Port terminals use Automated Guided Vehicles (AGVs) to transport containers between the quay cranes and the stack. Because the AGVs are used in a limited area, traffic often crosses, frequently leading to unwanted stops. This has a serious impact on the traffic flow, planning and fuel consumption. Gert-Jan van der Wielen, technical consultant at ICT Netherlands, has succeeded in reducing the average number of unplanned stops by AGVs (AGV obstacles) per hour by no less than 76%.
The improvement project was a result of the Lean Six Sigma Green Belt training programme that Gert-Jan followed and that was paid for by ICT. He learned to use a method for optimising business processes by identifying, analysing and reducing problems in processes. In order to complete his training programme, he needed to carry out a practical assignment. Gert-Jan: “It often happened that a number of AGVs had to wait for each other for a long time, sometimes even in deadlock. Traffic was delayed even more frequently because it had to slow down or (almost) stop to let other AGVs pass. The higher the traffic intensity and the longer the route, the more frequently problems occurred. In some cases waterside control had to intervene to resolve an AGV traffic jam. Reducing the AGV traffic congestion is an important step in allowing AGVs to arrive at their destination on time more frequently during peak traffic periods, and in making the system more predictable.”
“Analysing data is very important work, as it creates the beaseline for improvements.”
Gert-Jan van der Wielen, Technical Consultant at ICT
Cause and effect
When he composed the project team, Gert-Jan selected people with operational knowhow of the AGV process: a technical specialist in the domain of AGVs, two members from the waterside control team and the project manager of the AGV improvement programme. As a team they collected the required input using the DMAIC method. DMAIC stands for Define, Measure, Analyse, Improve and Control, the five phases of this method. After a baseline measurement, which gave Gert-Jan a good idea of the number and locations of unplanned stops by AGVs, he set himself the target of reducing the average number of hourly obstacles by 50%. He then performed an intensive analysis so he could map out the root causes of the AGV obstacles. He compared a range of parameters such as the predicted claim, start and driving behaviour of the various types of AGVs with the operational behaviour and recorded the differences in issue reports, the so-called tickets. As a next step, he worked together with the project manager of the AGV improvement programme to prioritise the tickets. This revealed that the required adjustments mainly involved changes to the software which would result in improved predictions of the future AGV position and claims. And this is precisely the expertise of ICT Netherlands!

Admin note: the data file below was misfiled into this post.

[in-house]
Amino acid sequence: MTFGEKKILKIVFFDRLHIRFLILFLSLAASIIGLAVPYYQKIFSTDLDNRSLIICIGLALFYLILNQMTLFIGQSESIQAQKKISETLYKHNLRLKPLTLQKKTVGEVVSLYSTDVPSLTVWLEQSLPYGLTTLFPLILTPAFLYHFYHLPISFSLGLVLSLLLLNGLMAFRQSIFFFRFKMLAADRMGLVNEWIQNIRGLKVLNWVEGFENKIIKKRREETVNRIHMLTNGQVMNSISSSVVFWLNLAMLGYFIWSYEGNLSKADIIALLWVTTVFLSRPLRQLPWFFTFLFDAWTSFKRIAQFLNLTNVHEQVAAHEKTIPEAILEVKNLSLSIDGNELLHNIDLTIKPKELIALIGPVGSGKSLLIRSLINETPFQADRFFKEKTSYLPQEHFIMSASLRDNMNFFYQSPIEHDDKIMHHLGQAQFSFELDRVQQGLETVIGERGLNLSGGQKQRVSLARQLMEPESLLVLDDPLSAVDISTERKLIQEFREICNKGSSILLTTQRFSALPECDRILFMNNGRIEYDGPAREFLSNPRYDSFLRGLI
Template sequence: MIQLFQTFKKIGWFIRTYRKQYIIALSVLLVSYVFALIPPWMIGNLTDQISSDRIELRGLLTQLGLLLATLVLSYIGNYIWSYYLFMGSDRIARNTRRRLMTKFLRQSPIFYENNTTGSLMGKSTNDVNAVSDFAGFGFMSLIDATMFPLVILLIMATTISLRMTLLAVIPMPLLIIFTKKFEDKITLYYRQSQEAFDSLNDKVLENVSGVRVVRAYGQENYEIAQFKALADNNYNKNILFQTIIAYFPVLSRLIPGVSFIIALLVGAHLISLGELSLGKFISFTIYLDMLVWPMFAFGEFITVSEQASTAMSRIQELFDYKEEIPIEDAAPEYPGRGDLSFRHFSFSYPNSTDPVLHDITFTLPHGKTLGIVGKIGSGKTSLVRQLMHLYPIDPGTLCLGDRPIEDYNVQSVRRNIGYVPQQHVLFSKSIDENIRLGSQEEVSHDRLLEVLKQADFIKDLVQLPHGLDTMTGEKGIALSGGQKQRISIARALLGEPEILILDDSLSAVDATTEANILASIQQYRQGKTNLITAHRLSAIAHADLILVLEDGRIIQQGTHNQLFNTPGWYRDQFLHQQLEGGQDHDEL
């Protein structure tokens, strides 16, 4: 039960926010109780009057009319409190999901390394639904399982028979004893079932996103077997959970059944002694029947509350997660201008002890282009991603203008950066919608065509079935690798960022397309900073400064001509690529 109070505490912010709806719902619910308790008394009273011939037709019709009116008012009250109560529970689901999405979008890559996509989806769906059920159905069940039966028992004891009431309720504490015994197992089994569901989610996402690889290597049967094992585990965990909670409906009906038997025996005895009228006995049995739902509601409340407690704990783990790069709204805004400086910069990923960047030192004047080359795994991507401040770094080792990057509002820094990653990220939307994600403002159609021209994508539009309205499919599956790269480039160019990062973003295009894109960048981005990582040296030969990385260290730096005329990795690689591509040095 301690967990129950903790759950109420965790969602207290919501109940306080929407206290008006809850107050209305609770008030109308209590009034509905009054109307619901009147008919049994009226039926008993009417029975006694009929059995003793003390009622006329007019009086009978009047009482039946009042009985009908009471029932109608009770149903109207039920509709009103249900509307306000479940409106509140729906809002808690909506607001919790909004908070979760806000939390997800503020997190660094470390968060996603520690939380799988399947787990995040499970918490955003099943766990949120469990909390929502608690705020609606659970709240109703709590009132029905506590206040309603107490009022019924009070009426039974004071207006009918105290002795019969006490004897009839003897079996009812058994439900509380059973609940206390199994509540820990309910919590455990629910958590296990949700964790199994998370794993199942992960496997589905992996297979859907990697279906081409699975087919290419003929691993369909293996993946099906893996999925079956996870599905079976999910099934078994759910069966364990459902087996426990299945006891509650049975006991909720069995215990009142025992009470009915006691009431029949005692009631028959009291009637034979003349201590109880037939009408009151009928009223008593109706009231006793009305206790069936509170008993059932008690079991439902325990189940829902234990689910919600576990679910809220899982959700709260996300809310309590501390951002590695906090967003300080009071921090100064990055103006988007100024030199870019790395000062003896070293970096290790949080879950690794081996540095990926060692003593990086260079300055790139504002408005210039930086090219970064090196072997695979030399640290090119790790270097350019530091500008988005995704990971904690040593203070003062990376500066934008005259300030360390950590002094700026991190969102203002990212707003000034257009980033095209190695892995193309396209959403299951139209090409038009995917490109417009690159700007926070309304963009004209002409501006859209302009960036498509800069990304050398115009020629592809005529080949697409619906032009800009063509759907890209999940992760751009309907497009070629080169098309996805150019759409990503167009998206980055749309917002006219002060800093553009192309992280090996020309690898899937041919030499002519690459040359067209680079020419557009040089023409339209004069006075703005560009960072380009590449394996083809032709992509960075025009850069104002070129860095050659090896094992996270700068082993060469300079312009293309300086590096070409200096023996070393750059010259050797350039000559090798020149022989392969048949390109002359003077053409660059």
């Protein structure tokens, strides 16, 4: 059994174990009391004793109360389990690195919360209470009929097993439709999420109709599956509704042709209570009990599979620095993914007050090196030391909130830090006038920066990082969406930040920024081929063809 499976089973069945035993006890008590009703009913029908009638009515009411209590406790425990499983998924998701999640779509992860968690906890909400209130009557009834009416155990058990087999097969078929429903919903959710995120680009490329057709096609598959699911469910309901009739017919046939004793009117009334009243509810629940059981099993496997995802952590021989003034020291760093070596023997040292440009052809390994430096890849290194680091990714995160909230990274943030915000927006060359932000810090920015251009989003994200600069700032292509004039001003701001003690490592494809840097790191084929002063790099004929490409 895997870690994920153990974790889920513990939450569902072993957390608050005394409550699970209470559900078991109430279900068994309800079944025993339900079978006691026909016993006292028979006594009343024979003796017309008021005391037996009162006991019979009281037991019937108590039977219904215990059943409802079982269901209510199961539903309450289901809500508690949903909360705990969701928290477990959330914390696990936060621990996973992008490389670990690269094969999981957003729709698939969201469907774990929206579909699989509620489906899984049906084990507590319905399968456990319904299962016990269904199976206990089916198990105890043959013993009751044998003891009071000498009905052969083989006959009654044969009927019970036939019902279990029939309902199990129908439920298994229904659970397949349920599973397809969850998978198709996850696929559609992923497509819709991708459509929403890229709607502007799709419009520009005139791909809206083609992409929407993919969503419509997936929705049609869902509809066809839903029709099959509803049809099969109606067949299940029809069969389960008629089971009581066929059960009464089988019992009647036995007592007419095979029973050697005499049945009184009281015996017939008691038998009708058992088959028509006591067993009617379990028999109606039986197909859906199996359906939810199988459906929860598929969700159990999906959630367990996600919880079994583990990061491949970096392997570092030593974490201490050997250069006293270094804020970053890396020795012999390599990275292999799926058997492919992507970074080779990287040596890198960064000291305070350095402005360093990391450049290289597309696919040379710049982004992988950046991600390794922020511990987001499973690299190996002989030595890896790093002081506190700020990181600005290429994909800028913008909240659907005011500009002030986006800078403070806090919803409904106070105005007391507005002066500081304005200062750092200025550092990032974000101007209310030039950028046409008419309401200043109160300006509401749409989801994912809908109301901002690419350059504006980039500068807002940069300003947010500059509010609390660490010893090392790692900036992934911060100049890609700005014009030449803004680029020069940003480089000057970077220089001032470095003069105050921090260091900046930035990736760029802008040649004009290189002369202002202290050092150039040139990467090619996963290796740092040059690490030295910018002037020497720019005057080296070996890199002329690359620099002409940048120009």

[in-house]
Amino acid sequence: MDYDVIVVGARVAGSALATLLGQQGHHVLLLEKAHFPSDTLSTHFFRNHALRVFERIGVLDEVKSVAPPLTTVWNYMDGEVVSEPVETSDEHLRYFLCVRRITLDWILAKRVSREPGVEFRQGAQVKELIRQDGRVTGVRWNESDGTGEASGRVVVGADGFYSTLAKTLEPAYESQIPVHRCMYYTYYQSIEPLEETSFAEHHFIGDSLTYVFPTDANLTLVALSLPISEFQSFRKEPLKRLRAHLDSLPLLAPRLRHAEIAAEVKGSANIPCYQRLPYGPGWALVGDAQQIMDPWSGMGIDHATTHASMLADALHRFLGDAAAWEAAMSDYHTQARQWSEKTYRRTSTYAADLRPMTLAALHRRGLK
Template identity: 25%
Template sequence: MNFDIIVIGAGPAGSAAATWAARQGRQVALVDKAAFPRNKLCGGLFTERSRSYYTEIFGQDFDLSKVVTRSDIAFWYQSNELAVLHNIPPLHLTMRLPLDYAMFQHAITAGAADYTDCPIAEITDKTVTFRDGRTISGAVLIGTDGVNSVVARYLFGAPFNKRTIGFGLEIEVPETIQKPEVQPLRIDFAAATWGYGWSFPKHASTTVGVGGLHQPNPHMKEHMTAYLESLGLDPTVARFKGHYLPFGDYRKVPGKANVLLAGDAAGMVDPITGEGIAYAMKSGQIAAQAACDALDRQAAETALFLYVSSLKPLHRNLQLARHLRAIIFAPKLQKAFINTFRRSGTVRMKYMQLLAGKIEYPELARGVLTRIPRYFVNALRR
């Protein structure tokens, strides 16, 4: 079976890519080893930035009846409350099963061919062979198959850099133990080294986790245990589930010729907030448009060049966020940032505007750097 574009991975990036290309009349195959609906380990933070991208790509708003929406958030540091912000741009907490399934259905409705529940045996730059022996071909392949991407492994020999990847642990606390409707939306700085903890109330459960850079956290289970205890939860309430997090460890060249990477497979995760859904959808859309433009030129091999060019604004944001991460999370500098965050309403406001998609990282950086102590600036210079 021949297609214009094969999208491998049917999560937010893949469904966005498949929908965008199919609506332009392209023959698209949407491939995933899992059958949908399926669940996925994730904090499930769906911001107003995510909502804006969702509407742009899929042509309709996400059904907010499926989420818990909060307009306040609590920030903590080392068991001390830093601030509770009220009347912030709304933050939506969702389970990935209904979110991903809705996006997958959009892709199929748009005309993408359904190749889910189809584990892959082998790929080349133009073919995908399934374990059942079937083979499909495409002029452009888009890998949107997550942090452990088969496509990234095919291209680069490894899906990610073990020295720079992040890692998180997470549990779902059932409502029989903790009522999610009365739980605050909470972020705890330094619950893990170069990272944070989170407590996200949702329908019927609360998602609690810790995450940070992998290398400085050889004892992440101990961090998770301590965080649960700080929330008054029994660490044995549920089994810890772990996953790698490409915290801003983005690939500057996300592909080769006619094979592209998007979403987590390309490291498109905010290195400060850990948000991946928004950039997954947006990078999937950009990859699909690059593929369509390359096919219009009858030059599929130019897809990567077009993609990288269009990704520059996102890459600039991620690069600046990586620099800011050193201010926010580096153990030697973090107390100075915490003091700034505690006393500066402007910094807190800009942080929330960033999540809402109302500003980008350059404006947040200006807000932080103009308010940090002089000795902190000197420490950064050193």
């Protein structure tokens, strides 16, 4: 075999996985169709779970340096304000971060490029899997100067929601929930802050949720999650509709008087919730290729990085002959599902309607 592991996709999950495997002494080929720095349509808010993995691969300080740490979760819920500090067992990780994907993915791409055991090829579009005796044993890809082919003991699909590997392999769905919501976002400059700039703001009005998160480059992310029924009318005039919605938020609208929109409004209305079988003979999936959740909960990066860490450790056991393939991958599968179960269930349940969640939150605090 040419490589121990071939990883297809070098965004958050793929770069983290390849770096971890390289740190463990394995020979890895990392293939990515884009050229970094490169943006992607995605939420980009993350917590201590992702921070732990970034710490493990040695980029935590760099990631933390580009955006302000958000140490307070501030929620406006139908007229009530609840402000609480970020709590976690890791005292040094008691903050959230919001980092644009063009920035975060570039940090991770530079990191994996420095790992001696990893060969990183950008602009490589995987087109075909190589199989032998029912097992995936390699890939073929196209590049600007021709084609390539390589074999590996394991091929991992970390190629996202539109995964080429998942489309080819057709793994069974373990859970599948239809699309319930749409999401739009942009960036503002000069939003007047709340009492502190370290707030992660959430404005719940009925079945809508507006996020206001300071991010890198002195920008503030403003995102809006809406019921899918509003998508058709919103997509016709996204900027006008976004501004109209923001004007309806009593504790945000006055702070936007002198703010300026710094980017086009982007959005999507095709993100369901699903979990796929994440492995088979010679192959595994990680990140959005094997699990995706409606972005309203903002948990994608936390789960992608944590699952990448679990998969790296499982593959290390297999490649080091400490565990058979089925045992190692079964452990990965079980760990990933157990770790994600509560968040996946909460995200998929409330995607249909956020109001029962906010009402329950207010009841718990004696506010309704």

From 78 to 18 obstacles
In order to resolve the software issues Gert-Jan called in the assistance of his colleagues at ICT Netherlands. They took care of the programming work while Gert-Jan focussed on testing the solutions. As a team they were able to implement a total of 28 improvements in a number of Scrum Sprints. As a first step in the process, the AGV clone, which simulates the operational AGV behaviour in the test environment, was
aligned with the actual, operational AGV behaviour. The next step consisted of improving the prediction of the AGV position, and harmonising the AGV claiming and the AGV claim prediction as much as possible. The improvements were stored and documented in JIRA, a software package used by ICT Netherlands to manage all issues regarding the planning and control software at the terminal in question. The small
improvements have resulted in a reduction of the average number of AGV obstacles from 78 to 18, while the standard deviation decreased from 48 to 14 obstacles per hour. In monetary terms, the improved AGV traffic flow at the terminal results in annual savings of € 268,000 in fuel costs and € 28,000 in quay crane man-hours.
Not done yet
A reduction of no less than 76% is a fantastic result, but Gert-Jan is convinced that more improvements are possible. “I expect that addressing the remaining tickets will lead to a further reduction in AGV obstacles. For instance, late arrivals of AGV’s can be further reduced and the system can be made even more predictable. I am proud of my achievement for my client.”